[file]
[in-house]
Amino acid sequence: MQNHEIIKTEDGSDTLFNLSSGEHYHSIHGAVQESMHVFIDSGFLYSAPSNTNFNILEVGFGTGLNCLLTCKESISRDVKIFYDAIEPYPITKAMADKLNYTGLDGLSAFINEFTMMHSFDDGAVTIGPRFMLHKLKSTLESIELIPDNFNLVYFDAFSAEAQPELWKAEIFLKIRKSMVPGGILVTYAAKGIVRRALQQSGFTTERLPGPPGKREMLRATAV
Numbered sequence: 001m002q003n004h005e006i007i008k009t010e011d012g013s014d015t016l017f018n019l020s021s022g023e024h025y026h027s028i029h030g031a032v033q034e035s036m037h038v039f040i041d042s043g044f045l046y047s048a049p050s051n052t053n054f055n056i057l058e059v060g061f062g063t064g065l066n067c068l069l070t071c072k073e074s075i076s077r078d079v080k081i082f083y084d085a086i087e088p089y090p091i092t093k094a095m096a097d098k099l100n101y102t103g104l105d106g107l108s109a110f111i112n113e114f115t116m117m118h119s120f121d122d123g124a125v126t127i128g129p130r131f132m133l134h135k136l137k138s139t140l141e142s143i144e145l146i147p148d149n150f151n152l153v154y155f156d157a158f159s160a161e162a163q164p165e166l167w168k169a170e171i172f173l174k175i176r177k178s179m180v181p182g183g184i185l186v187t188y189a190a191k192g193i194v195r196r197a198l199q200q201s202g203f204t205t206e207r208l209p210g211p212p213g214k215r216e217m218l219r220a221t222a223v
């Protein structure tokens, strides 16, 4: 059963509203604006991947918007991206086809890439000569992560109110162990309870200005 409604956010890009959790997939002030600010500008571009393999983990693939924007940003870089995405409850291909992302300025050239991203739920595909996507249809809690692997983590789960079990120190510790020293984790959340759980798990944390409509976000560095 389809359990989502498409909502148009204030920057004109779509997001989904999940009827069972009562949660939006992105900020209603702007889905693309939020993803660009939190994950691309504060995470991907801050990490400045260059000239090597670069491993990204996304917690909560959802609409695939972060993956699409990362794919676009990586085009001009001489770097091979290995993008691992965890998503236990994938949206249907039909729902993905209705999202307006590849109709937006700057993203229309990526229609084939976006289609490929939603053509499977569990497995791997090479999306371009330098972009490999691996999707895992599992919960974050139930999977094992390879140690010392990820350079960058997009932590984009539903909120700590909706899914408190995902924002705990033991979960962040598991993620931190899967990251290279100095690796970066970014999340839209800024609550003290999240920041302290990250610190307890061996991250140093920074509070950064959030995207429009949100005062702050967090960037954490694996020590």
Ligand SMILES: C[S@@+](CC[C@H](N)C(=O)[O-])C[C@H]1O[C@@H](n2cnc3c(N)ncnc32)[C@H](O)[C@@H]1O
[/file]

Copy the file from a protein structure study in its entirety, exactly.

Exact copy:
[in-house]
Amino acid sequence: MQNHEIIKTEDGSDTLFNLSSGEHYHSIHGAVQESMHVFIDSGFLYSAPSNTNFNILEVGFGTGLNCLLTCKESISRDVKIFYDAIEPYPITKAMADKLNYTGLDGLSAFINEFTMMHSFDDGAVTIGPRFMLHKLKSTLESIELIPDNFNLVYFDAFSAEAQPELWKAEIFLKIRKSMVPGGILVTYAAKGIVRRALQQSGFTTERLPGPPGKREMLRATAV
Numbered sequence: 001m002q003n004h005e006i007i008k009t010e011d012g013s014d015t016l017f018n019l020s021s022g023e024h025y026h027s028i029h030g031a032v033q034e035s036m037h038v039f040i041d042s043g044f045l046y047s048a049p050s051n052t053n054f055n056i057l058e059v060g061f062g063t064g065l066n067c068l069l070t071c072k073e074s075i076s077r078d079v080k081i082f083y084d085a086i087e088p089y090p091i092t093k094a095m096a097d098k099l100n101y102t103g104l105d106g107l108s109a110f111i112n113e114f115t116m117m118h119s120f121d122d123g124a125v126t127i128g129p130r131f132m133l134h135k136l137k138s139t140l141e142s143i144e145l146i147p148d149n150f151n152l153v154y155f156d157a158f159s160a161e162a163q164p165e166l167w168k169a170e171i172f173l174k175i176r177k178s179m180v181p182g183g184i185l186v187t188y189a190a191k192g193i194v195r196r197a198l199q200q201s202g203f204t205t206e207r208l209p210g211p212p213g214k215r216e217m218l219r220a221t222a223v
């Protein structure tokens, strides 16, 4: 059963509203604006991947918007991206086809890439000569992560109110162990309870200005 409604956010890009959790997939002030600010500008571009393999983990693939924007940003870089995405409850291909992302300025050239991203739920595909996507249809809690692997983590789960079990120190510790020293984790959340759980798990944390409509976000560095 389809359990989502498409909502148009204030920057004109779509997001989904999940009827069972009562949660939006992105900020209603702007889905693309939020993803660009939190994950691309504060995470991907801050990490400045260059000239090597670069491993990204996304917690909560959802609409695939972060993956699409990362794919676009990586085009001009001489770097091979290995993008691992965890998503236990994938949206249907039909729902993905209705999202307006590849109709937006700057993203229309990526229609084939976006289609490929939603053509499977569990497995791997090479999306371009330098972009490999691996999707895992599992919960974050139930999977094992390879140690010392990820350079960058997009932590984009539903909120700590909706899914408190995902924002705990033991979960962040598991993620931190899967990251290279100095690796970066970014999340839209800024609550003290999240920041302290990250610190307890061996991250140093920074509070950064959030995207429009949100005062702050967090960037954490694996020590």
Ligand SMILES: C[S@@+](CC[C@H](N)C(=O)[O-])C[C@H]1O[C@@H](n2cnc3c(N)ncnc32)[C@H](O)[C@@H]1O